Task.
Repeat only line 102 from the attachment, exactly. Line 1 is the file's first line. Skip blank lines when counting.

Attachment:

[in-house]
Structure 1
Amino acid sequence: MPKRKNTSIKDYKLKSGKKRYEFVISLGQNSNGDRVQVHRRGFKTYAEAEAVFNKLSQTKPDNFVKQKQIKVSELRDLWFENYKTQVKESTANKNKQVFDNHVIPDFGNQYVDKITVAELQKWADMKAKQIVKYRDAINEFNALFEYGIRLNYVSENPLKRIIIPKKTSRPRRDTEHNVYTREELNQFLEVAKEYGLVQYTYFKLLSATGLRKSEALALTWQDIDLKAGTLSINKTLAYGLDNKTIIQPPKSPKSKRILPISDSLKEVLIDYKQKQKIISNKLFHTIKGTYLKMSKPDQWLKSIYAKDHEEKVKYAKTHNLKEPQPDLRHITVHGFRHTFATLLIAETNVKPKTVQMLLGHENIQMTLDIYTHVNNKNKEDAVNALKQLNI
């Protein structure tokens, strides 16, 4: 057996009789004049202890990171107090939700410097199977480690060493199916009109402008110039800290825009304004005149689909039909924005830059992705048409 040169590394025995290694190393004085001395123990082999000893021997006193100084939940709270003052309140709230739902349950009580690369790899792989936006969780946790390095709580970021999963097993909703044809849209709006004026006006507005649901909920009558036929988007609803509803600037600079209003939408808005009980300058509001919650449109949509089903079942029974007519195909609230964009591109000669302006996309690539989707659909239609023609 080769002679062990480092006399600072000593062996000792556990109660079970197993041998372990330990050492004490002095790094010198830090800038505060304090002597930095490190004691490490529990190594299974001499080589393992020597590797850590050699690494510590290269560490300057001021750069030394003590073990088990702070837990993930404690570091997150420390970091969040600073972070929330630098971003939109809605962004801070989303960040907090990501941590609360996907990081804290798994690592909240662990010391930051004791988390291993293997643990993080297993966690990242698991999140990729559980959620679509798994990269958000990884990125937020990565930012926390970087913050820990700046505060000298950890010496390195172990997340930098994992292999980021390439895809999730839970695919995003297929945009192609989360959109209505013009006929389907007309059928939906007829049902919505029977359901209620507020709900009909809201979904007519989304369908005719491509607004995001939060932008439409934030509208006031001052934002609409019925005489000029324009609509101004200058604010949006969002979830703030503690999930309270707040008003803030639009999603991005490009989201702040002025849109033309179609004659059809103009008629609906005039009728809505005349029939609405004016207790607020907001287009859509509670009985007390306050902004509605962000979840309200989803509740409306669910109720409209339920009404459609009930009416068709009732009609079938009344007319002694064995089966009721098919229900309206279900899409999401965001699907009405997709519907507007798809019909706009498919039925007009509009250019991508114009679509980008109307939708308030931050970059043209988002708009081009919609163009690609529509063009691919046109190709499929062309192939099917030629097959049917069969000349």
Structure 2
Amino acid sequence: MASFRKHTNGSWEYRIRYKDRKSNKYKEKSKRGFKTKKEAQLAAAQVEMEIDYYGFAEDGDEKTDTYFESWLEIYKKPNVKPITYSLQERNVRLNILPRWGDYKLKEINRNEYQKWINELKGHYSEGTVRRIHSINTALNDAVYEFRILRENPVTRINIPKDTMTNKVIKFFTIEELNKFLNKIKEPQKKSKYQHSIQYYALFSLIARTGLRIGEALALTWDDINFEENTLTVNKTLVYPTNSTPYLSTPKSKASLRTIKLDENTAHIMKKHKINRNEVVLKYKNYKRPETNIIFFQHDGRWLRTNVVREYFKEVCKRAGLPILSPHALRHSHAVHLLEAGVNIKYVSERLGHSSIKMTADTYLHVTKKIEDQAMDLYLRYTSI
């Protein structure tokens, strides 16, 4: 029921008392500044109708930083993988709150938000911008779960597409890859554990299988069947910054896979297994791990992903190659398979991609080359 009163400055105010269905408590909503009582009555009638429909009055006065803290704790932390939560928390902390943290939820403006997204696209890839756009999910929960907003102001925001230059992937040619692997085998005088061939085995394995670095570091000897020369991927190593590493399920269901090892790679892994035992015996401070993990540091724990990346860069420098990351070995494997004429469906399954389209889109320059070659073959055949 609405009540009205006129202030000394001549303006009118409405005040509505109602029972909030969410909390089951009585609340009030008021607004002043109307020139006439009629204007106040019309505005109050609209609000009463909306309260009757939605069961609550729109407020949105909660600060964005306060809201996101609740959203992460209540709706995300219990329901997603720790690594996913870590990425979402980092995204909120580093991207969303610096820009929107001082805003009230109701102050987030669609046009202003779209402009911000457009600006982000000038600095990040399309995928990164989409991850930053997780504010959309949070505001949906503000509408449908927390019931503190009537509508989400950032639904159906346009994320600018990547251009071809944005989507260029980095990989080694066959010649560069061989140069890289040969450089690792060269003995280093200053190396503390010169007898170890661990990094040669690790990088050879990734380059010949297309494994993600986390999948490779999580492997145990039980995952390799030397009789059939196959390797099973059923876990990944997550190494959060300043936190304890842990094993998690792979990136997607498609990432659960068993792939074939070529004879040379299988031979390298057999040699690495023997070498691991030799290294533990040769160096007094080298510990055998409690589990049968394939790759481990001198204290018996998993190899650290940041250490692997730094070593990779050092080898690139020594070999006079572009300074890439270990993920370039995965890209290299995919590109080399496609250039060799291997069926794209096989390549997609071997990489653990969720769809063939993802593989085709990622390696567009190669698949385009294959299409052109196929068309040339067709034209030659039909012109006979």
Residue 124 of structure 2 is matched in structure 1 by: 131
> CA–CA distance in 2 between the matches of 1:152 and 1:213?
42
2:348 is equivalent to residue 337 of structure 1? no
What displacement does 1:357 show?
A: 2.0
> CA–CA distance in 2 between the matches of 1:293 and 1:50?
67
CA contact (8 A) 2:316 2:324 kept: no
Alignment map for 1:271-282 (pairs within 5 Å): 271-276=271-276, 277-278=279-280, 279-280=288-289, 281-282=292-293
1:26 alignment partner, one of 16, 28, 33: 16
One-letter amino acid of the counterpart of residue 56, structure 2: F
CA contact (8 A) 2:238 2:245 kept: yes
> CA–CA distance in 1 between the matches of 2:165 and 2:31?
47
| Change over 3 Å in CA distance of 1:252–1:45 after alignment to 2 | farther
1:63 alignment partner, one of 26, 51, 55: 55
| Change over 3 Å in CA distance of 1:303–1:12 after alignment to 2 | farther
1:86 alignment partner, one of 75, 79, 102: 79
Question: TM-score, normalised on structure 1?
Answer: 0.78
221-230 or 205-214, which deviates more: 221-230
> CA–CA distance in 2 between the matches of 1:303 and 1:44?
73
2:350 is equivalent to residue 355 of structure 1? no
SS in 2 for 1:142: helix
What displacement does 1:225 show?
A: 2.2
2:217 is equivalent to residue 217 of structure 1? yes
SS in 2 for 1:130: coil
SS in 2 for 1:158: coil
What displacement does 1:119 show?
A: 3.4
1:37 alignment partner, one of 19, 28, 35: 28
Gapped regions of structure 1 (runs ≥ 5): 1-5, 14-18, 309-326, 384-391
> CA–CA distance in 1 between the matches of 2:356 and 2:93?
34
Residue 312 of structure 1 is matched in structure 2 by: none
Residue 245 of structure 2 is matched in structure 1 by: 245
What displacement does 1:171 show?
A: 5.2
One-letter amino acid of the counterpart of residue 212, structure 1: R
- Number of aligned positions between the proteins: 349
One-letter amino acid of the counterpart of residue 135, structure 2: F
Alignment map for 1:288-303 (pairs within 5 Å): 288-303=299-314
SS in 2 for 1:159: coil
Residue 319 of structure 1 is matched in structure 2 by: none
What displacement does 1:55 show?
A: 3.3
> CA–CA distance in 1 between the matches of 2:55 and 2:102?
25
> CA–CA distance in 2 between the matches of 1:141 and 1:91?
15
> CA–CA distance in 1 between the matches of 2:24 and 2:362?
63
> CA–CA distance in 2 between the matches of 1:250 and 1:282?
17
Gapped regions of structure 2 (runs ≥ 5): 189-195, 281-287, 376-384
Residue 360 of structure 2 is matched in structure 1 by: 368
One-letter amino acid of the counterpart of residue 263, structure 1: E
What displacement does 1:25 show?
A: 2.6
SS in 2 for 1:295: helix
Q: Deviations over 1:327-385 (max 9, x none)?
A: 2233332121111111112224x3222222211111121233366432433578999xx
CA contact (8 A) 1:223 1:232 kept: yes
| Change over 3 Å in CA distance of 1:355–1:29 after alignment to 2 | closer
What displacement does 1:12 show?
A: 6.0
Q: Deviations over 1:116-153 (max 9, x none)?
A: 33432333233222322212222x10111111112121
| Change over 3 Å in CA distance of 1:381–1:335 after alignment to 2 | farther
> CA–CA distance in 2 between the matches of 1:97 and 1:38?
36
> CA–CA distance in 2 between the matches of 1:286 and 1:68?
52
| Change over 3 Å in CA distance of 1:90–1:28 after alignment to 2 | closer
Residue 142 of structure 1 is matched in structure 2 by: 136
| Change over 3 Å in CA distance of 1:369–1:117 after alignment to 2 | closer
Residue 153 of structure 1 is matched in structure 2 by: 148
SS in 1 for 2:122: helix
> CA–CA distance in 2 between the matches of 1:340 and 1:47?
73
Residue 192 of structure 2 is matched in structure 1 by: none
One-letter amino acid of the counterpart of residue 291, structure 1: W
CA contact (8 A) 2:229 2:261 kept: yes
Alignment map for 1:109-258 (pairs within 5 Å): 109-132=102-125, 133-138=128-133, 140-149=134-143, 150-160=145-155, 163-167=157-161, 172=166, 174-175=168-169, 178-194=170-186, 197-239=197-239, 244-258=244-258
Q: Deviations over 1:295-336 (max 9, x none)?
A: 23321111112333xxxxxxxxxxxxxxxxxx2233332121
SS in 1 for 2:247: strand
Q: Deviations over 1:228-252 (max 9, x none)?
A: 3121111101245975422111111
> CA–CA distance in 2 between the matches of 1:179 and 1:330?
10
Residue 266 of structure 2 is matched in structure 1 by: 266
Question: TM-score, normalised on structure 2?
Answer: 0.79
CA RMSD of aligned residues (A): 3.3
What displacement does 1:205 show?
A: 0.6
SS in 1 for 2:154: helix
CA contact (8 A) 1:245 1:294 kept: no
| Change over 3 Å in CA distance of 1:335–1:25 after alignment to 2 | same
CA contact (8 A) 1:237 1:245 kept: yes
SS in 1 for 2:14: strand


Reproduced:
Residue 266 of structure 2 is matched in structure 1 by: 266